The popular singer, Noriko Sakai, became a celebrity in Japan in 1987 when she was almost sixteen, after releasing the hit song, Otoko no Ko ni Naritai. She was, or is, very popular in Japan, Hong Kong and Taiwan but strangely, almost unheard of in Trinidad and Tobago. She was famous not only for her singing but her squeaky clean, girl-next-door image. Because of her popularity and high public expectations, she later went into acting and probably mild stimulant drug use.
In August this year the shock turned to horror when her husband was arrested for possession of illegal stimulants and Noriko disappeared, apparently she was on the run. When Noriko reappeared she was charged with possession of illegal drugs, a stimulant, a whopping 0.0008 grams of it which police found at her home. Noriko Sakai pleaded guilty to using and possessing the illegal drug. Prosecutors said they want an 18-month prison term for Noriko since she is a celebrity and setting a bad example for the public. The court’s decision is scheduled for November 9.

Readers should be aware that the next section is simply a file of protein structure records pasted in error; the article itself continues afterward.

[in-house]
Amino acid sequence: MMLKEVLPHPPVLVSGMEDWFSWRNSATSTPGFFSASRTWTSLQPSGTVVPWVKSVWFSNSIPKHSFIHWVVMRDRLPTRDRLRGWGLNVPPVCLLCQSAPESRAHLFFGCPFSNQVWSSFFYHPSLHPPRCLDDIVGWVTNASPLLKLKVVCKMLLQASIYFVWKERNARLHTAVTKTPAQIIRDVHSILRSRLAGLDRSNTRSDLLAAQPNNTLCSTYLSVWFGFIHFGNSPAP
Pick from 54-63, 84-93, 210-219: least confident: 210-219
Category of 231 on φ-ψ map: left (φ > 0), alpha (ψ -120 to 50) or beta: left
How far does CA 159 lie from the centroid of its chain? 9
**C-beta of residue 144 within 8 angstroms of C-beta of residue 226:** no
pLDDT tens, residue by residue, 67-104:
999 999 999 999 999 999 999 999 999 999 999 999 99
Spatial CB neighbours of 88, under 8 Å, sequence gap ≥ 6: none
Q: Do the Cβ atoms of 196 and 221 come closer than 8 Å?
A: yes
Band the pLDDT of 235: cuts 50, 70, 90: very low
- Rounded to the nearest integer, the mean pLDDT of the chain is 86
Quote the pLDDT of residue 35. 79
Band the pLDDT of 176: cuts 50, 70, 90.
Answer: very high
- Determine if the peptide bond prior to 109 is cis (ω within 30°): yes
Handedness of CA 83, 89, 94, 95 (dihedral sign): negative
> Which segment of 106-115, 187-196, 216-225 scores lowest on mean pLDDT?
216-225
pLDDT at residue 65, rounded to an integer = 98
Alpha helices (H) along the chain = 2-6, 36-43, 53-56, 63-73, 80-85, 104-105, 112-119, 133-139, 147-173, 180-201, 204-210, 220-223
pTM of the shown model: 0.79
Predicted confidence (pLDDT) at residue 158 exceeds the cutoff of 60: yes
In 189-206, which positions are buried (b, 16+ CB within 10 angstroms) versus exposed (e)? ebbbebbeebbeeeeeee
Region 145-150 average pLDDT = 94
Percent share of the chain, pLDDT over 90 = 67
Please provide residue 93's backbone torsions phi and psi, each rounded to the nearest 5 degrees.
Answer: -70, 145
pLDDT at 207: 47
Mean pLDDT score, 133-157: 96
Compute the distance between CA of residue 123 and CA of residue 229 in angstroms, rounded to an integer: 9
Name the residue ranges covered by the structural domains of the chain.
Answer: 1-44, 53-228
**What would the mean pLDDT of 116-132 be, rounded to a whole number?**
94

I am not too sure, but from what I have read so far I think the Japanese press went after Noriko after she was seen with a sexy tattoo on her ankle. A tattoo on a woman’s ankle is usually a sign which says “bad but exciting girl above.”
Noriko’s wants leniency and now intends to get a divorce from her trouble-making husband and she also wants to study nursing care in the future. A tearful Noriko was quoted as saying “I have a tendency to try too hard to live up to others’ expectations of me. I thought (stimulants) would help me move my body. … I used the drugs of my own will. … I am the one to blame.”
Here is what I think. Noriko Sakai should not go to jail since she already paid her dues to the society by losing face. Losing face is a big thing in Japan but the concept is quite alien to Trinidad and Tobago’s bad-john and big foreign bank account holding politicians. Noriko Sakai should not go to jail because she is too pretty for prison. How will keeping Noriko Sakai in jail for 18 months make society a better place. It’s not like she knocked a member of the public unconscious because the member spilled a drink or wine up on one of Noriko’s friends. I can’t possibly see any judge looking at Noriko’s pretty face and sending her to jail. I don’t know much about Japanese legal traditions, but even the most heartless woman judge could see the folly in sending a celebrity this pretty to jail for a crime that is quite common in the manmade celebrity world.